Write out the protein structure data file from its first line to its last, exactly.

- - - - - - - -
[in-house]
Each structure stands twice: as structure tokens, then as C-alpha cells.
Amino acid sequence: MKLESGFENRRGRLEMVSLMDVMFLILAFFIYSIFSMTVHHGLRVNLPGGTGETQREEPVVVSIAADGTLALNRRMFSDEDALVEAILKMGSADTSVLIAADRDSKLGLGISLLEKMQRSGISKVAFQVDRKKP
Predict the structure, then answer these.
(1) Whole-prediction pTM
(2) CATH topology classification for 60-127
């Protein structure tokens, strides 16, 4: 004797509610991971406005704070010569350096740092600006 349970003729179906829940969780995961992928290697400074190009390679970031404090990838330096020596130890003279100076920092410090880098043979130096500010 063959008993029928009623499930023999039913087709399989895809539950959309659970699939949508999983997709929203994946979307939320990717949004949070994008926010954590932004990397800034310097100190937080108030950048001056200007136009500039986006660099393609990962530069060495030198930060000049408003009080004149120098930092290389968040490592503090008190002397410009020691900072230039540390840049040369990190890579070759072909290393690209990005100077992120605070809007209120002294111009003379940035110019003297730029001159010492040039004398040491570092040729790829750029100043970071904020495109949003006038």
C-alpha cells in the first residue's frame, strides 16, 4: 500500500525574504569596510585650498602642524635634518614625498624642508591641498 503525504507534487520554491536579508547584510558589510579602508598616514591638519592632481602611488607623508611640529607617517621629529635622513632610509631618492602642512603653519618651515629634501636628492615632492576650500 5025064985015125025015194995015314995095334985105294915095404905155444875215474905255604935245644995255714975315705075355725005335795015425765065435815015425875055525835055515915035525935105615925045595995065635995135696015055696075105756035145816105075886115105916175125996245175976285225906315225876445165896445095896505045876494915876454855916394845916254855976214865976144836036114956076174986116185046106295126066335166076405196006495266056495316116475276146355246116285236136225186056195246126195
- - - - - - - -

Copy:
[in-house]
Each structure stands twice: as structure tokens, then as C-alpha cells.
Amino acid sequence: MKLESGFENRRGRLEMVSLMDVMFLILAFFIYSIFSMTVHHGLRVNLPGGTGETQREEPVVVSIAADGTLALNRRMFSDEDALVEAILKMGSADTSVLIAADRDSKLGLGISLLEKMQRSGISKVAFQVDRKKP
Predict the structure, then answer these.
(1) Whole-prediction pTM
(2) CATH topology classification for 60-127
């Protein structure tokens, strides 16, 4: 004797509610991971406005704070010569350096740092600006 349970003729179906829940969780995961992928290697400074190009390679970031404090990838330096020596130890003279100076920092410090880098043979130096500010 063959008993029928009623499930023999039913087709399989895809539950959309659970699939949508999983997709929203994946979307939320990717949004949070994008926010954590932004990397800034310097100190937080108030950048001056200007136009500039986006660099393609990962530069060495030198930060000049408003009080004149120098930092290389968040490592503090008190002397410009020691900072230039540390840049040369990190890579070759072909290393690209990005100077992120605070809007209120002294111009003379940035110019003297730029001159010492040039004398040491570092040729790829750029100043970071904020495109949003006038």
C-alpha cells in the first residue's frame, strides 16, 4: 500500500525574504569596510585650498602642524635634518614625498624642508591641498 503525504507534487520554491536579508547584510558589510579602508598616514591638519592632481602611488607623508611640529607617517621629529635622513632610509631618492602642512603653519618651515629634501636628492615632492576650500 5025064985015125025015194995015314995095334985105294915095404905155444875215474905255604935245644995255714975315705075355725005335795015425765065435815015425875055525835055515915035525935105615925045595995065635995135696015055696075105756035145816105075886115105916175125996245175976285225906315225876445165896445095896505045876494915876454855916394845916254855976214865976144836036114956076174986116185046106295126066335166076405196006495266056495316116475276146355246116285236136225186056195246126195